Explorers for Kids
Henry Hudson was born in England. He started working as a cabin boy and worked his way up to ship's captain. He loved the sea. He loved exploring. Henry Hudson was hired by England to find a sea route to from England, through the North Pole, to reach China and India. Hudson tried. But he did not find a way to China. What he found were found seals and whales and other wildlife in the cold waters of the Arctic Ocean. England paid for a second trip. Again, Hudson was unsuccessful. England refused to pay for a third trip.
Henry Hudson turned to the Dutch East India Company. The Dutch and the English were rivals for discovery of new lands. They both wanted to find a sea route to China and India. The Dutch made Hudson a commander of the ship the Half Moon. Again, ice put a stop to his attempt to find a northwest passage to China. He turned his boat south, and discovered the Hudson River. He claimed all the land along the Hudson River for the Dutch.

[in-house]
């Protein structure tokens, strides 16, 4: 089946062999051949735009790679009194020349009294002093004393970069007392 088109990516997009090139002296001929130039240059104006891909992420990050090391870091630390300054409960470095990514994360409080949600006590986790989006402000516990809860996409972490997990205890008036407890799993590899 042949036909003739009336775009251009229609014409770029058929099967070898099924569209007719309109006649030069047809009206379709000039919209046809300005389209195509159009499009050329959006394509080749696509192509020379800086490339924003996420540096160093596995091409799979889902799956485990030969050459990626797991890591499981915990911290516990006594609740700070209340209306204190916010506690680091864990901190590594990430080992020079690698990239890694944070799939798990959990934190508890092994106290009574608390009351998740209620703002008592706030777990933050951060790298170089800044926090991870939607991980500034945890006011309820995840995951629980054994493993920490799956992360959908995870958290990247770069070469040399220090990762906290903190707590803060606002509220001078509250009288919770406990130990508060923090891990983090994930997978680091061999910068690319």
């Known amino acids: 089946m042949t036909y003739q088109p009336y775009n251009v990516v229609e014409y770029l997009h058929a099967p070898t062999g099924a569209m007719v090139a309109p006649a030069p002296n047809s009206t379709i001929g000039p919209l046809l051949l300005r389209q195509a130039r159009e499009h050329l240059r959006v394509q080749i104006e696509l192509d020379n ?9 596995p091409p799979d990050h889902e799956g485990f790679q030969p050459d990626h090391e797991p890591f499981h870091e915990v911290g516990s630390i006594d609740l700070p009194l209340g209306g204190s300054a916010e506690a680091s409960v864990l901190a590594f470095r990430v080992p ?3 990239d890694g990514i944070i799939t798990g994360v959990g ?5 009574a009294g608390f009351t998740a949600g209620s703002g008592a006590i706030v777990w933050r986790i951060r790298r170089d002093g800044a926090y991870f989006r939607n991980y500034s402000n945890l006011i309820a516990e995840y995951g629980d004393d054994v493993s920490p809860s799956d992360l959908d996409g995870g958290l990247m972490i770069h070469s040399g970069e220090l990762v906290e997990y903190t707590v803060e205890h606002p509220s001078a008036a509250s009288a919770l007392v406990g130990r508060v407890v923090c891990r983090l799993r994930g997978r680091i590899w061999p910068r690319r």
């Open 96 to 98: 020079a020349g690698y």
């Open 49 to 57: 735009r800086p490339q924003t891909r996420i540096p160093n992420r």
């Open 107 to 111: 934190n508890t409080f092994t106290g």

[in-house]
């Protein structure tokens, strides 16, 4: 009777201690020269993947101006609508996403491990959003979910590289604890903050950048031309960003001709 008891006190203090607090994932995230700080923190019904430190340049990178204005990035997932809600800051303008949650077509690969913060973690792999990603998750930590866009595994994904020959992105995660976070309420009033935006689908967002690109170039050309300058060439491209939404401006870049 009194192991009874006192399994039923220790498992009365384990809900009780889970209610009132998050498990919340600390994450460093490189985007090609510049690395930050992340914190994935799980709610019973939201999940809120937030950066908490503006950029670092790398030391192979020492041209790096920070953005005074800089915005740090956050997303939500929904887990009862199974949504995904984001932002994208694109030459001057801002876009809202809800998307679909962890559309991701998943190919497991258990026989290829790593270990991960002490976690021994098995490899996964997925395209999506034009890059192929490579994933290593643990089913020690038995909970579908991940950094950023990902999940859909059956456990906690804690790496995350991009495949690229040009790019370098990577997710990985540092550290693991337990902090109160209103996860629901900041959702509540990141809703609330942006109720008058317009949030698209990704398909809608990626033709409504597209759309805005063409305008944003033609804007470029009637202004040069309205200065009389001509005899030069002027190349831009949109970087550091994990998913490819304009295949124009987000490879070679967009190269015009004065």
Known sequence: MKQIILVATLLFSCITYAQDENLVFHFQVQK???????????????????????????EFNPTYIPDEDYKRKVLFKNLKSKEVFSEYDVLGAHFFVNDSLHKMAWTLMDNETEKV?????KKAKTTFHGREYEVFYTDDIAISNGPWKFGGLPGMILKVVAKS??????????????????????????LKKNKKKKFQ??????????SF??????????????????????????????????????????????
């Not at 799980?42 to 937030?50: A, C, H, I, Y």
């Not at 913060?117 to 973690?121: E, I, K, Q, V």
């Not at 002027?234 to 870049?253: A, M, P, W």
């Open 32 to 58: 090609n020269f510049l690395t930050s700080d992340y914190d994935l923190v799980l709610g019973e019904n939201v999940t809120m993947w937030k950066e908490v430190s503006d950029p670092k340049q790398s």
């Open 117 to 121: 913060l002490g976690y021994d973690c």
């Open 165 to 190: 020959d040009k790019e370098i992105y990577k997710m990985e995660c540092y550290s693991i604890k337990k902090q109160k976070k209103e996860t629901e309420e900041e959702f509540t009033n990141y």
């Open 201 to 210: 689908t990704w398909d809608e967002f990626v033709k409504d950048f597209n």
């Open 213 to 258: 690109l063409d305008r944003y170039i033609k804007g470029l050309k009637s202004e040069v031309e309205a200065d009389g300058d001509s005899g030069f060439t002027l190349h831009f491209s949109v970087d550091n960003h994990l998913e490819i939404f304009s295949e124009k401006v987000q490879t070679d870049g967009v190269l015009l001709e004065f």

On the way back to the Netherlands (Holland), Hudson stopped in England for supplies. There, his ship, and any English men among the crew were seized and arrested. England was not happy that Henry Hudson was exploring for the Dutch. They treated it as treason. To avoid prison, Henry Hudson had to promise not to work for the Dutch again. Any new lands he discovered on his adventures had to be claimed for England.
Hudson found some English investors to pay for a trip to the New World. He took one of his sons with him on this voyage. This time, when he reached New World, it was winter. According to the story his crew reported when they returned to England without him, was that once again Hudson could not find a way to China. Angry, hungry, and freezing, they had put Henry Hudson, his son, and a few crew members into a small boat and sailed away without them. They were put on trial, but they were acquitted of any wrong doing. As for Henry Hudson, his son, and a few crew, they were never seen again. It is assumed they froze to death, but no one knows for sure. It remains a history mystery.